Work continues at the University of Oklahoma Press
New Mexico/Arizona Book Awards,Nature/Environment (Finalist)
Santa Fe Trails Association, Louise Barry Writing Award (Finalist)

Travelers and traders taking the Santa Fe Trail’s routes from Missouri to New Mexico wrote vivid eyewitness accounts of the diverse and abundant wildlife encountered as they crossed arid plains, high desert, and rugged mountains. Most astonishing to these observers were the incredible numbers of animals, many they had not seen before—buffalo, antelope (pronghorn), prairie dogs, roadrunners, mustangs, grizzlies, and others. They also wrote about the domesticated animals they brought with them, including oxen, mules, horses, and dogs. Their letters, diaries, and memoirs open a window onto an animal world on the plains seen by few people other than the Plains Indians who had lived there for thousands of years.

Phyllis S. Morgan has gleaned accounts from numerous primary sources and assembled them into a delightfully informative narrative. She has also explored the lives of the various species, and in this book tells about their behaviors and characteristics, the social relations within and between species, their relationships with humans, and their contributions to the environment and humankind.

With skillful prose and a keen eye for a priceless tale, Morgan reanimates the story of life on the Santa Fe Trail’s well-worn routes, and its sometimes violent intersection with human life. She provides a stirring view of the land and of the animals visible “as far as the eye could reach,” as more than one memoirist described. She also champions the many contributions animals made to the Trail’s success and to the opening of the American West.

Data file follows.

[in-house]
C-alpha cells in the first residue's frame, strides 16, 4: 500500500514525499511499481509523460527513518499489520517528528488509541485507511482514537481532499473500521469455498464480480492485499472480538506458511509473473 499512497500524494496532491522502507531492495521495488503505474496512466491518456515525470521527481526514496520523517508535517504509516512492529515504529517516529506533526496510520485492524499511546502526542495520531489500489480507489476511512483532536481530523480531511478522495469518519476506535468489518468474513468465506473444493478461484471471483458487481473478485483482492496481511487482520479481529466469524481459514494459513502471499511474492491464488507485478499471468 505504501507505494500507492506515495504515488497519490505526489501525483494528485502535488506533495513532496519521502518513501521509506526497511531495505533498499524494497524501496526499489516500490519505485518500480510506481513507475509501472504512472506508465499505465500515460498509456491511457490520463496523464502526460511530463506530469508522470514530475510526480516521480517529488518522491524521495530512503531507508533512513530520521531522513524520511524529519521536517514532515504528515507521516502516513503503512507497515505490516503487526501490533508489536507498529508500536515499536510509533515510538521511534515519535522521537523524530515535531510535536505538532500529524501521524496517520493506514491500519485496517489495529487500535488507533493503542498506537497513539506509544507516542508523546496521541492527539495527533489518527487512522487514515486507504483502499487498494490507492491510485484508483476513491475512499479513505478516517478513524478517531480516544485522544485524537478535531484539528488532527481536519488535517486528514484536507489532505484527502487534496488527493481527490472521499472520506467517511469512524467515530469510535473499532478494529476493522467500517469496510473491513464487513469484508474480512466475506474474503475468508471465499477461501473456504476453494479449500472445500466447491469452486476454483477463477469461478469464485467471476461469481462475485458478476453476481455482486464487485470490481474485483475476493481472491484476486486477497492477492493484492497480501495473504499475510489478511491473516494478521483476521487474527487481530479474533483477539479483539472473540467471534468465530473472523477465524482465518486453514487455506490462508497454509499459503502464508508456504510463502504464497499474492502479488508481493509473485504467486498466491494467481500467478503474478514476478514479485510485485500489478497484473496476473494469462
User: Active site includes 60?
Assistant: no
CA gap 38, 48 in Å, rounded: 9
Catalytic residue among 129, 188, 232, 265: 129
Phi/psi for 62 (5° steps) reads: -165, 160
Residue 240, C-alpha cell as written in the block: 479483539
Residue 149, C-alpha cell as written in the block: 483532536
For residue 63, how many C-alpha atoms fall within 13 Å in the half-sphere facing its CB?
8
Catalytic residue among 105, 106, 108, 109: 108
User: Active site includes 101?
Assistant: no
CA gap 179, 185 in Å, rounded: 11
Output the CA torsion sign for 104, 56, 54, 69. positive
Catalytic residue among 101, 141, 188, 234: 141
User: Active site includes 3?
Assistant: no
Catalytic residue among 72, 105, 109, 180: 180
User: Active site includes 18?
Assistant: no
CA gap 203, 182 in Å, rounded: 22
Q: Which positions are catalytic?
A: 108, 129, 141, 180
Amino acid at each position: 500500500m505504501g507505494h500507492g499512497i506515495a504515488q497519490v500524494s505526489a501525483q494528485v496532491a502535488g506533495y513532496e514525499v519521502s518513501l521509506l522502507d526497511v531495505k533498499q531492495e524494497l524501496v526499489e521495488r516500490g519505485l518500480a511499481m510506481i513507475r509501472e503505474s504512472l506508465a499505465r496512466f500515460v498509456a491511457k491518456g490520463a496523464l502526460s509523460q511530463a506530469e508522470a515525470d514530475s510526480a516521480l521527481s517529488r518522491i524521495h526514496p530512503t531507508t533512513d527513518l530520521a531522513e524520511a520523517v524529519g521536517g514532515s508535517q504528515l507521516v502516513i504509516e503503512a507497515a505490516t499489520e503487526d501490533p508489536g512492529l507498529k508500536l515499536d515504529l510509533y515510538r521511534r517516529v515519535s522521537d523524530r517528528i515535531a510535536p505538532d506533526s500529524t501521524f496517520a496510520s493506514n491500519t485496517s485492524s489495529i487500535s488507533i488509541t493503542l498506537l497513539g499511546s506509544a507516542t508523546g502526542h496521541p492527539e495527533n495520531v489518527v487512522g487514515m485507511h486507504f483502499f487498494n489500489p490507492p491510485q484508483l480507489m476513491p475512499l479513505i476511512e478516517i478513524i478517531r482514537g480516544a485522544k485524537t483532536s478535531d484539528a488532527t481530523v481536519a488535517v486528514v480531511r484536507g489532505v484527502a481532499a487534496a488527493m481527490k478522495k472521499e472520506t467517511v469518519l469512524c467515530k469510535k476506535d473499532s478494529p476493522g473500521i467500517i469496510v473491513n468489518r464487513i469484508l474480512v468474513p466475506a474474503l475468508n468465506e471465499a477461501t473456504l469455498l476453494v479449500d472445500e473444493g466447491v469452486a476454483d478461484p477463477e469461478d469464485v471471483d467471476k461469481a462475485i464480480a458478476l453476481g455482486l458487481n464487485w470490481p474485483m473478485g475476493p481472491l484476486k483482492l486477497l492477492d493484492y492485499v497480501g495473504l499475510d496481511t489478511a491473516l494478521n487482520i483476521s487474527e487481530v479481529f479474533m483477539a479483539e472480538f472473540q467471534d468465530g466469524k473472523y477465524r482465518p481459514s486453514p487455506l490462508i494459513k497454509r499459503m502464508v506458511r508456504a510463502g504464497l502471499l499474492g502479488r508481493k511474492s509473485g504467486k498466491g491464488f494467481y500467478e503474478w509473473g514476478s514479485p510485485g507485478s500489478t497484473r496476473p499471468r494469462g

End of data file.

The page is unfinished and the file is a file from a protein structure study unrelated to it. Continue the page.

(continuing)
About The Author

Following a professional career in education, information resources, and research, Phyllis S. Morgan has focused on writing nonfiction works about the Santa Fe Trail and the Southwest. Her award-winning bio-bibliographies on acclaimed New Mexican writers include Marc Simmons of New Mexico: Maverick Historian;A Sense of Place: Rudolfo A. Anaya (coauthored with Cesar A. González-T.); and N. Scott Momaday: Remembering Ancestors, Earth, and Traditions. She has served as the New Mexico Director on the board of the Santa Fe Trail Association.

Historian Marc Simmons is a founder and the first president of the Santa Fe Trail Association. His forty-nine books include six about the Trail and The Last Conquistador: Juan de Oñate and the Settling of the Far Southwest.

Ron Kil is an artist of the historical West who lives in Santa Fe.

Reviews & Praise
“This significant and finely crafted study of the animals and human-animal relationships on the historic Road to Santa Fe explains the importance of the animals to travelers and is presented with respect and admiration for those animals. It deserves a wide audience.”—Leo E. Oliva, author of Soldiers on the Santa Fe Trail

“Morgan’s choice of primary sources—diaries, journals, letters, memoirs, and official reports—provides eyewitness accounts rich in colorful detail and fascinating anecdotes. As Far as the Eye Could Reach is a welcome addition to the literature on the historic trails of the Old West.”—Deborah Lawrence, coauthor of Writing the Trails: Five Women’s Frontier Narratives

Book Information
13 b&w illus., 1 map
240 Pages
Paperback 978-0-8061-4854-0
Kindle 978-0-8061-5298-1
e-pub 978-0-8061-5299-8
Published August 2015